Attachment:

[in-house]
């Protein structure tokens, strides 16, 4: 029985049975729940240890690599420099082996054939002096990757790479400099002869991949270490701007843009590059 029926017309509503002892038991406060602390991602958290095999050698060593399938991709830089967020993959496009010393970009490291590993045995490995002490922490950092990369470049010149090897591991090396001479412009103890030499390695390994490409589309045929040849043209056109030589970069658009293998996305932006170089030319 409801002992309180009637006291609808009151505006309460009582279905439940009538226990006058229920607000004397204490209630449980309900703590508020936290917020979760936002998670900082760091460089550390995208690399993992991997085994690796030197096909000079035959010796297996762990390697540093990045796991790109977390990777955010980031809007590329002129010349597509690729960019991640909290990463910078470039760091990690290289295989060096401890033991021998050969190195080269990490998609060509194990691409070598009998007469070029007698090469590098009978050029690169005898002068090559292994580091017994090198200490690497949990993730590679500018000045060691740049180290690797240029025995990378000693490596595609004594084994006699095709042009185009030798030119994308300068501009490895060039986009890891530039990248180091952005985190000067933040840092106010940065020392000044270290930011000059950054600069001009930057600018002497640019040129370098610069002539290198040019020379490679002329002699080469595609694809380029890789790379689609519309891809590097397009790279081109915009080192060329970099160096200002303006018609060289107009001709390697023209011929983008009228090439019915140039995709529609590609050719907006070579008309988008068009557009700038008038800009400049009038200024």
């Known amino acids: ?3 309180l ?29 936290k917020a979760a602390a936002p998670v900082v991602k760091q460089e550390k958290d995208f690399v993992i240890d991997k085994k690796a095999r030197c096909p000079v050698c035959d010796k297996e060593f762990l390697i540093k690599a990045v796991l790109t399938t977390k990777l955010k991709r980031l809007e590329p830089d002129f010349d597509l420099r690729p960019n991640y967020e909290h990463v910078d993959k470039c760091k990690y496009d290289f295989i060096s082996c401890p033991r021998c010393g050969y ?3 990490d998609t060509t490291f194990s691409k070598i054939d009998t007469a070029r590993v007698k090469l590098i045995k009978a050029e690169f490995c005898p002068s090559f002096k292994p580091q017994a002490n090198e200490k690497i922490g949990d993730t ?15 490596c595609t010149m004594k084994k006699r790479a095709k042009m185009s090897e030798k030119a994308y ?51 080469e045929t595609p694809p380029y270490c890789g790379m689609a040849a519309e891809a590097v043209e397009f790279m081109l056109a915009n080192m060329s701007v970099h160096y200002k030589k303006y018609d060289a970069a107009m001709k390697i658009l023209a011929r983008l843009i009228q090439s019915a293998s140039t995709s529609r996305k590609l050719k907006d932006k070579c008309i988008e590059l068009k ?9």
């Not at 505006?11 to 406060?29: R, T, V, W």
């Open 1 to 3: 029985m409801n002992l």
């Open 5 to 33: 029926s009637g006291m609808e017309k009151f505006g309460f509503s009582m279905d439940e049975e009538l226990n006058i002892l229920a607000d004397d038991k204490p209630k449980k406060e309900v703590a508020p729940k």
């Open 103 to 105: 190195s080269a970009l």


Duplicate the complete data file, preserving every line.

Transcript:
[in-house]
């Protein structure tokens, strides 16, 4: 029985049975729940240890690599420099082996054939002096990757790479400099002869991949270490701007843009590059 029926017309509503002892038991406060602390991602958290095999050698060593399938991709830089967020993959496009010393970009490291590993045995490995002490922490950092990369470049010149090897591991090396001479412009103890030499390695390994490409589309045929040849043209056109030589970069658009293998996305932006170089030319 409801002992309180009637006291609808009151505006309460009582279905439940009538226990006058229920607000004397204490209630449980309900703590508020936290917020979760936002998670900082760091460089550390995208690399993992991997085994690796030197096909000079035959010796297996762990390697540093990045796991790109977390990777955010980031809007590329002129010349597509690729960019991640909290990463910078470039760091990690290289295989060096401890033991021998050969190195080269990490998609060509194990691409070598009998007469070029007698090469590098009978050029690169005898002068090559292994580091017994090198200490690497949990993730590679500018000045060691740049180290690797240029025995990378000693490596595609004594084994006699095709042009185009030798030119994308300068501009490895060039986009890891530039990248180091952005985190000067933040840092106010940065020392000044270290930011000059950054600069001009930057600018002497640019040129370098610069002539290198040019020379490679002329002699080469595609694809380029890789790379689609519309891809590097397009790279081109915009080192060329970099160096200002303006018609060289107009001709390697023209011929983008009228090439019915140039995709529609590609050719907006070579008309988008068009557009700038008038800009400049009038200024």
């Known amino acids: ?3 309180l ?29 936290k917020a979760a602390a936002p998670v900082v991602k760091q460089e550390k958290d995208f690399v993992i240890d991997k085994k690796a095999r030197c096909p000079v050698c035959d010796k297996e060593f762990l390697i540093k690599a990045v796991l790109t399938t977390k990777l955010k991709r980031l809007e590329p830089d002129f010349d597509l420099r690729p960019n991640y967020e909290h990463v910078d993959k470039c760091k990690y496009d290289f295989i060096s082996c401890p033991r021998c010393g050969y ?3 990490d998609t060509t490291f194990s691409k070598i054939d009998t007469a070029r590993v007698k090469l590098i045995k009978a050029e690169f490995c005898p002068s090559f002096k292994p580091q017994a002490n090198e200490k690497i922490g949990d993730t ?15 490596c595609t010149m004594k084994k006699r790479a095709k042009m185009s090897e030798k030119a994308y ?51 080469e045929t595609p694809p380029y270490c890789g790379m689609a040849a519309e891809a590097v043209e397009f790279m081109l056109a915009n080192m060329s701007v970099h160096y200002k030589k303006y018609d060289a970069a107009m001709k390697i658009l023209a011929r983008l843009i009228q090439s019915a293998s140039t995709s529609r996305k590609l050719k907006d932006k070579c008309i988008e590059l068009k ?9």
């Not at 505006?11 to 406060?29: R, T, V, W």
């Open 1 to 3: 029985m409801n002992l």
């Open 5 to 33: 029926s009637g006291m609808e017309k009151f505006g309460f509503s009582m279905d439940e049975e009538l226990n006058i002892l229920a607000d004397d038991k204490p209630k449980k406060e309900v703590a508020p729940k």
């Open 103 to 105: 190195s080269a970009l």